Archaic scripts

Shawn Steele Shawn.Steele at
Thu May 8 21:49:00 CEST 2008

> On the cuneiform point, only a handful of people worldwide have
> keyboards set up to type those letters, and only a further handful have
> fonts to display them. Even if that small group wants to set up a
> website about cuneiform (entirely possible) that doesn't mean it
> requires a cuneiform domain name - and, in fact, if it had one, it would
> significantly restrict its readership.

> If cuneiform gets in, IMO it would be a sign that the process is still
> broken in the way outlined above.

And IMO if those few users would also like a name in cuneiform, then that should be permitted.  Of course it'd only be usable by a few people, but many other small groups have web sites in a friendly-to-them form that they only expect a few people to use.

The only way I'd think cuneiform should be disallowed would be if it were somehow insecure and it certainly doesn't seem more confusable than say, Chinese.  Or ASCII for that matter.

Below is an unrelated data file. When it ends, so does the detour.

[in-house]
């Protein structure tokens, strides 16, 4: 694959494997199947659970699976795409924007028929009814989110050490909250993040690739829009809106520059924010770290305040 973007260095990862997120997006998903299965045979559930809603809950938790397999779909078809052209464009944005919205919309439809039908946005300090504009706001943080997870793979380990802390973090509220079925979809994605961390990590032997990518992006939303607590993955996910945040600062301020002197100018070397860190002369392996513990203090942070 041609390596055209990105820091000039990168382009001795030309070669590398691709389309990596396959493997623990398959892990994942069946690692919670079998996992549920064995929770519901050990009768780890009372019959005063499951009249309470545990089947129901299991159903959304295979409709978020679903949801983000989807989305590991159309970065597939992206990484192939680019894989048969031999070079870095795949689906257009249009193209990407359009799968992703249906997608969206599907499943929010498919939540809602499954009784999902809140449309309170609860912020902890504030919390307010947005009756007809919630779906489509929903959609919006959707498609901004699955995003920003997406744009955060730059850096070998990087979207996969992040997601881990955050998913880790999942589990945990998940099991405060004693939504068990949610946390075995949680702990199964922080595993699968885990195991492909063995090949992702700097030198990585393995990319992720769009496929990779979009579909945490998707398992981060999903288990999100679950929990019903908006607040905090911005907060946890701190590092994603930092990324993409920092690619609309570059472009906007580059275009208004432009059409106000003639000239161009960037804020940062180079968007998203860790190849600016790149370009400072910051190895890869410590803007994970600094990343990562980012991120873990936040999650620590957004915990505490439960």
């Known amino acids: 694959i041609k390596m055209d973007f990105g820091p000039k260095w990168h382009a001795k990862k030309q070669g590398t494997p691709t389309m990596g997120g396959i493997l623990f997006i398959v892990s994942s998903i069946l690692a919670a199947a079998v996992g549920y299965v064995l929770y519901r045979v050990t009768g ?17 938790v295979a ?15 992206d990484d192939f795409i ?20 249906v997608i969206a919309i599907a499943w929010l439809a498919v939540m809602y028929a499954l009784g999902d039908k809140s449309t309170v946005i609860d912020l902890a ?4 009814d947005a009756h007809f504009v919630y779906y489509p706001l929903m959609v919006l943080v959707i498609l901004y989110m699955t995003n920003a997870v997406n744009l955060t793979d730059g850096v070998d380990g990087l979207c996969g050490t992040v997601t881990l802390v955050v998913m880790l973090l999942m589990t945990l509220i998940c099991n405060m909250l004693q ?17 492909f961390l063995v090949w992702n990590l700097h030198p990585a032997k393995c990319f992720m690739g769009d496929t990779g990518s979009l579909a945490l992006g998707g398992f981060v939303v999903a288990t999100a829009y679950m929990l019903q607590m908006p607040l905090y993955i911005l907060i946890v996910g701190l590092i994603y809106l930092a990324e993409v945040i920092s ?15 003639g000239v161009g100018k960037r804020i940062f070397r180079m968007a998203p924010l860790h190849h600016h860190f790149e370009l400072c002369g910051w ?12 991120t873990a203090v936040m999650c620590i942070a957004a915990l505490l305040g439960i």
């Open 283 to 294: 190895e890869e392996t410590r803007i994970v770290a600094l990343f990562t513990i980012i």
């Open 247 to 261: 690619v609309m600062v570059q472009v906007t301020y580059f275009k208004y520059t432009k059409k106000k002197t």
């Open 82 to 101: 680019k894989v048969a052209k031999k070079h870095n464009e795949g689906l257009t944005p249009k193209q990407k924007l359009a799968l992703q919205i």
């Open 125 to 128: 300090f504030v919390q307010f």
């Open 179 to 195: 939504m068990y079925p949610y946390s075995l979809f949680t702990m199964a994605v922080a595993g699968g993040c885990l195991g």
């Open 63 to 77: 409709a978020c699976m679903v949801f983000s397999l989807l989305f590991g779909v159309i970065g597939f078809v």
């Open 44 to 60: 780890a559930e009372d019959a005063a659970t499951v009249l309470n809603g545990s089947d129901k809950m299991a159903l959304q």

I think our task is to enable users, not to judge whether or not their need is "worthy".

> For example:

> John Heise is one of the handful of people around the world who
> could actually be expected to be able to write Akkadian
> *in cuneiform*. But the chances that he would register a cuneiform
> domain name for this site and move his material there, dooming it
> to restricted readership, is basically zero.

And if he could have another CNAME record in cuneiform in addition to the ASCII record?  Or perhaps an A record in cuneiform with a more usable CNAME for the other visitors?  Frankly, if I were that interested in the script, I'd add the extra record.  Is it usable to 99.9999% of the users out there?  No.  Is it possibly interesting to a small number of users? Perhaps.  The web would be a lot smaller if sites had to interest (or worse yet, be useful to) even 1% of the users in general.

- Shawn

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